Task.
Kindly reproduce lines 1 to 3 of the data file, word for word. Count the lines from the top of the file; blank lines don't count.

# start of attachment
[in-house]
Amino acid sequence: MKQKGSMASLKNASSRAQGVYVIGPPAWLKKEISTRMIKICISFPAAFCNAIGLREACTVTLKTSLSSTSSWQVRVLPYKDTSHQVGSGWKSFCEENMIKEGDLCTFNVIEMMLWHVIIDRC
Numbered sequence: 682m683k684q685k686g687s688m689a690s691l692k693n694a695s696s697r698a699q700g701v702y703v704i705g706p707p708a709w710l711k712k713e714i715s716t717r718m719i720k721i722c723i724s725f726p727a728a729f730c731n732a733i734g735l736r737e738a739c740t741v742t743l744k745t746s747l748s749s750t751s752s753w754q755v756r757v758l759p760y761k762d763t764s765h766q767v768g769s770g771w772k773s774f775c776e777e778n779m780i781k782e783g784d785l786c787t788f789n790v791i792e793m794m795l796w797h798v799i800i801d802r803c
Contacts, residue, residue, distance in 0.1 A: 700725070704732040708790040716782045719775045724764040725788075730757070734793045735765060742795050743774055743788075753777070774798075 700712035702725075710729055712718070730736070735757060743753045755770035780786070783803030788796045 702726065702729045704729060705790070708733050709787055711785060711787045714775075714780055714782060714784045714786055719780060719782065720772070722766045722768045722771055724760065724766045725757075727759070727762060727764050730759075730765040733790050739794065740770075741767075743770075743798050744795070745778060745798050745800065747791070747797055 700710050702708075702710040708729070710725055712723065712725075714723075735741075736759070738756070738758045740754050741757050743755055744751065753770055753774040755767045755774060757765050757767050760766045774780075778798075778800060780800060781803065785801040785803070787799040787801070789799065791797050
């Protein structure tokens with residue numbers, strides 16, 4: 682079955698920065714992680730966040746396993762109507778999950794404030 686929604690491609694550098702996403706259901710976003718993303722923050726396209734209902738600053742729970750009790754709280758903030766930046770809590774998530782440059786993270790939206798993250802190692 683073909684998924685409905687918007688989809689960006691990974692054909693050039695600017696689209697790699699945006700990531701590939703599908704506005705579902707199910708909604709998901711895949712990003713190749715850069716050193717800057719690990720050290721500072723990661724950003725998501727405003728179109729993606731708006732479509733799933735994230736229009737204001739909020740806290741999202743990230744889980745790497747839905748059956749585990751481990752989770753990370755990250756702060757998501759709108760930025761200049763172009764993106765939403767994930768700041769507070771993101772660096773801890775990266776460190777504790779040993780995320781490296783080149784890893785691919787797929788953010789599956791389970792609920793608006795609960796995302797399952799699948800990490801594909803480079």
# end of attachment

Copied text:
[in-house]
Amino acid sequence: MKQKGSMASLKNASSRAQGVYVIGPPAWLKKEISTRMIKICISFPAAFCNAIGLREACTVTLKTSLSSTSSWQVRVLPYKDTSHQVGSGWKSFCEENMIKEGDLCTFNVIEMMLWHVIIDRC
Numbered sequence: 682m683k684q685k686g687s688m689a690s691l692k693n694a695s696s697r698a699q700g701v702y703v704i705g706p707p708a709w710l711k712k713e714i715s716t717r718m719i720k721i722c723i724s725f726p727a728a729f730c731n732a733i734g735l736r737e738a739c740t741v742t743l744k745t746s747l748s749s750t751s752s753w754q755v756r757v758l759p760y761k762d763t764s765h766q767v768g769s770g771w772k773s774f775c776e777e778n779m780i781k782e783g784d785l786c787t788f789n790v791i792e793m794m795l796w797h798v799i800i801d802r803c